Former charity chief gave ‘assurances’ over abuse notification

Department told Extern it considered ‘termination of all funding’ over abuse controversy

The board of youth work charity Extern had been given "assurances" by its former chief executive that a serious case of child sexual abuse had been reported to all authorities, despite Tusla not being informed.

Extern is an all-island charity that works with vulnerable children, providing support services and running Garda youth diversion projects.

Earlier this year a former employee was convicted of sexually abusing a young teenager in Extern’s services in Northern Ireland during the second half of 2019.

The charity did not notify Tusla, the State child and family agency, of the incident for more than a year, despite the staff member working directly with children from the Republic. While authorities in the North were informed at the time, Tusla was not told until September 2020.


Correspondence shows the Department of Justice, which also was not notified, considered terminating more than €750,000 a year in funding to the charity over the controversy.

The department described the matter as a “very substantial corporate governance failure,” which gave rise to several “issues of major concern”.

In an email on December 8th, 2020, Deaglán Ó Briain, principal officer in the department, told Extern that if it did not provide “satisfactory” answers to a number of queries, “the department will then proceed to consider termination of all funding agreements and contracts”.

The correspondence queried the move of Charlie Mack, the charity's chief executive at the time of the incident, to head up English charity Cranstoun, which provides youth work and domestic violence services.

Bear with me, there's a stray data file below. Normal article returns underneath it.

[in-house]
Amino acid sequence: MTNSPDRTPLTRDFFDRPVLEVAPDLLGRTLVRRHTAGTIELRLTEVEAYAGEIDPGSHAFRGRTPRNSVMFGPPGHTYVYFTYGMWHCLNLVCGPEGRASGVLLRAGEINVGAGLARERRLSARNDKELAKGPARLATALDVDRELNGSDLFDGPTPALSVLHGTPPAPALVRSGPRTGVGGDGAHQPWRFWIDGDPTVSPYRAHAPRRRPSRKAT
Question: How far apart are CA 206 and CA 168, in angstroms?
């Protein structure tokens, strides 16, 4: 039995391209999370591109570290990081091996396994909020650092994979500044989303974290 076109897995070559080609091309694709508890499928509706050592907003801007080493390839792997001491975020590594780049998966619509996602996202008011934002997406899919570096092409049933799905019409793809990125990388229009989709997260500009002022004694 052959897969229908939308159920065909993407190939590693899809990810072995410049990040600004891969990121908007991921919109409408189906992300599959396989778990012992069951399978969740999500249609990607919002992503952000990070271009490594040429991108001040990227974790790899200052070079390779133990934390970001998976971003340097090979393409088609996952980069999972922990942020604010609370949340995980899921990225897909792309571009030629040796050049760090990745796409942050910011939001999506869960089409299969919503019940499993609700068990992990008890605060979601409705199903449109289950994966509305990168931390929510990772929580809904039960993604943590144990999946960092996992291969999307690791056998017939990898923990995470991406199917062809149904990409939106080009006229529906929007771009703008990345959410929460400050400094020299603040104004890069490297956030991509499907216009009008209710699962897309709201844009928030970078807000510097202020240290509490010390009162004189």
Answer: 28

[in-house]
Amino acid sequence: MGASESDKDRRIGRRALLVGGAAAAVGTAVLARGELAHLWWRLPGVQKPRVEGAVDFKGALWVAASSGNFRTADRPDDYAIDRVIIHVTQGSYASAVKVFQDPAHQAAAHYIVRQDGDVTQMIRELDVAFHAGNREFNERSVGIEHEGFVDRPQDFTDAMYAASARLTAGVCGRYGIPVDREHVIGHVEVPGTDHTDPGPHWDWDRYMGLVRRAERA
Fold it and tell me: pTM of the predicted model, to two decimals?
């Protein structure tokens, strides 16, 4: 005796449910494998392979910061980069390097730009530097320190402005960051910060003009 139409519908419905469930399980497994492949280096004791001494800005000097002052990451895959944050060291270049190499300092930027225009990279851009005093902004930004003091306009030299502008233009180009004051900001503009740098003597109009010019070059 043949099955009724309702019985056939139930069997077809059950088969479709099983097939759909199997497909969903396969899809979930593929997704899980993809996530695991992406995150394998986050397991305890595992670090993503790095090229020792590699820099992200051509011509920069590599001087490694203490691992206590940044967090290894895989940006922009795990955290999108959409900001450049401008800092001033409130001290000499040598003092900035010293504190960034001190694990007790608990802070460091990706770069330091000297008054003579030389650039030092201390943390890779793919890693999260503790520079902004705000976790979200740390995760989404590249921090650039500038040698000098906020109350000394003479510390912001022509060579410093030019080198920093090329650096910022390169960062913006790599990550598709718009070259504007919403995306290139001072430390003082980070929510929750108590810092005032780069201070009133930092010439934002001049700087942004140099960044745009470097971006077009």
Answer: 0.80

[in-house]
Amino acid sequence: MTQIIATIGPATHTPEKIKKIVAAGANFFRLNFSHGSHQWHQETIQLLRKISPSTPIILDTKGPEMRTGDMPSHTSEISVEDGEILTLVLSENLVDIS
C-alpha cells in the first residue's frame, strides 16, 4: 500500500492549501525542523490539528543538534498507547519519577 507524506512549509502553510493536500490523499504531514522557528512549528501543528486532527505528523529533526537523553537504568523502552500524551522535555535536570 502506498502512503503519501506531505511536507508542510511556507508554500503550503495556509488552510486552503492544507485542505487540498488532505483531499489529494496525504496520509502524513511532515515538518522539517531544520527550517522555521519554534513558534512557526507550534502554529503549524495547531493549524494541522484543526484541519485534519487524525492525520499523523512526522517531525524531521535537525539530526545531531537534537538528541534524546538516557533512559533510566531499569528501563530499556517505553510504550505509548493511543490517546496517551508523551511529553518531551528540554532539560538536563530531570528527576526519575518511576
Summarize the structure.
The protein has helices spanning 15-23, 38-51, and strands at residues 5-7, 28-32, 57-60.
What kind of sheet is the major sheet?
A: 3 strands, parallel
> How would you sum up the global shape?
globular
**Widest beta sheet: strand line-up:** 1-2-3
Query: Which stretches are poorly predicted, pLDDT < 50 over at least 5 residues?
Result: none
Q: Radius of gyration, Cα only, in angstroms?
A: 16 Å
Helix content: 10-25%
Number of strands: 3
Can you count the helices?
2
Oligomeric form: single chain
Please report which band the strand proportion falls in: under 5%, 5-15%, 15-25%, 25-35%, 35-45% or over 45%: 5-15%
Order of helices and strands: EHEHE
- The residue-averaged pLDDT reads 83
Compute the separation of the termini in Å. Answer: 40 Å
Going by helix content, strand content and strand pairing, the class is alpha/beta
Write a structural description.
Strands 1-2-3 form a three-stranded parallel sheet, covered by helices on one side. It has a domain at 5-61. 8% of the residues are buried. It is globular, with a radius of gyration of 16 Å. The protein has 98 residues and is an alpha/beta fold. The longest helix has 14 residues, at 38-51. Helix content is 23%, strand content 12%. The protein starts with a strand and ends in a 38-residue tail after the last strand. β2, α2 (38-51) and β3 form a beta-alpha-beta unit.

In a response on December 18th, the interim chief executive of Extern, Danny McQuillan, admitted there had been a "serious failure" in not reporting the abuse to authorities in the Republic.

The incident “was immediately and appropriately reported to the relevant Northern Ireland statutory authorities,” and escalated to Mr Mack and the board.

“The board was given assurances from the former CEO that this issue had been reported to all appropriate stakeholders. The board understood this to include stakeholders in the Republic,” he said.

The correspondence was released to The Irish Times under the Freedom of Information Act.

A November 2020 departmental briefing note said officials had been informed Mr Mack’s departure from Extern earlier that year had been by “mutual consent”.

It was not related to the abuse case, “but wider issues of transparency and governance with the board”.


The note said Tusla chief executive Bernard Gloster had raised concerns with Extern about the charity enabling its former chief executive "to work at this level in another organisation through positive referencing".

In Mr McQuillian’s December 18th letter, he said: “Extern were neither approached for, nor indeed provided, any reference for the former CEO.”

A spokeswoman for Mr Mack referred requests for comment to Cranstoun. When asked if anyone connected to Extern had provided a reference for Mr Mack, Cranstoun said it “does not comment on individual HR matters”.

The department temporarily suspended Extern’s funding last December, and restored it this April following further talks.

A project in Dublin’s north inner city due to be run by Extern, worth €490,000 in funding through the Department of Community Affairs, was also scrapped.

The charity receives €7 million a year from Tusla, to provide supports to vulnerable young people. When the failure to initially notify Tusla came to light, the agency halted all new referrals to Extern for several months.

In an email to Department of Justice officials on November 12th, 2020, Tusla said the lack of alternative service providers “was a real concern”.

Tusla had also been informed about “allegations against another former employee of Extern,” the email said.

A spokeswoman for Extern said it had been notified by a statutory authority “about an allegation against a former Extern employee,” with that case later being closed. Extern had made Tusla aware of this allegation “during a full and frank review of any disclosures,” she said.

Jack Power

Jack Power

Jack Power is acting Europe Correspondent of The Irish Times